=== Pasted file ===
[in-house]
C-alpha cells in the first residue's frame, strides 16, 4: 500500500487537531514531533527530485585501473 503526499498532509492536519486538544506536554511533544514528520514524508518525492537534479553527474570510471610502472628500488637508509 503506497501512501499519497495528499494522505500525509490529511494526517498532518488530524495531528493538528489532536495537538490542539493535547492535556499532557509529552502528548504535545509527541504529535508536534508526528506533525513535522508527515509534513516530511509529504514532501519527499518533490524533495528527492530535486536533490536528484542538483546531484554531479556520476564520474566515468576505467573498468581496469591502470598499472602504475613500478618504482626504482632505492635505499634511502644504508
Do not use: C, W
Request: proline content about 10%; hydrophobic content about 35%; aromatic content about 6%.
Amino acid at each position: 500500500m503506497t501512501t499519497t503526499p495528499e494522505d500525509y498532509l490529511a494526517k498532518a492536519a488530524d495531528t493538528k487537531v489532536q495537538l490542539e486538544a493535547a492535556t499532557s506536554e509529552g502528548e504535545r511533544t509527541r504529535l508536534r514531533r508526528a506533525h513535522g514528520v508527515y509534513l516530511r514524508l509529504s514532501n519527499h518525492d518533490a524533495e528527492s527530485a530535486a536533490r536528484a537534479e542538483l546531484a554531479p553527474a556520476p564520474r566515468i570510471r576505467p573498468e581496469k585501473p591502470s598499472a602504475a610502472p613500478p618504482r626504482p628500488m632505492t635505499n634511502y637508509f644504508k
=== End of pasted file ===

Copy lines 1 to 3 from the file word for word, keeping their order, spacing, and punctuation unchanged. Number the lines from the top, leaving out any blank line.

[in-house]
C-alpha cells in the first residue's frame, strides 16, 4: 500500500487537531514531533527530485585501473 503526499498532509492536519486538544506536554511533544514528520514524508518525492537534479553527474570510471610502472628500488637508509 503506497501512501499519497495528499494522505500525509490529511494526517498532518488530524495531528493538528489532536495537538490542539493535547492535556499532557509529552502528548504535545509527541504529535508536534508526528506533525513535522508527515509534513516530511509529504514532501519527499518533490524533495528527492530535486536533490536528484542538483546531484554531479556520476564520474566515468576505467573498468581496469591502470598499472602504475613500478618504482626504482632505492635505499634511502644504508
Do not use: C, W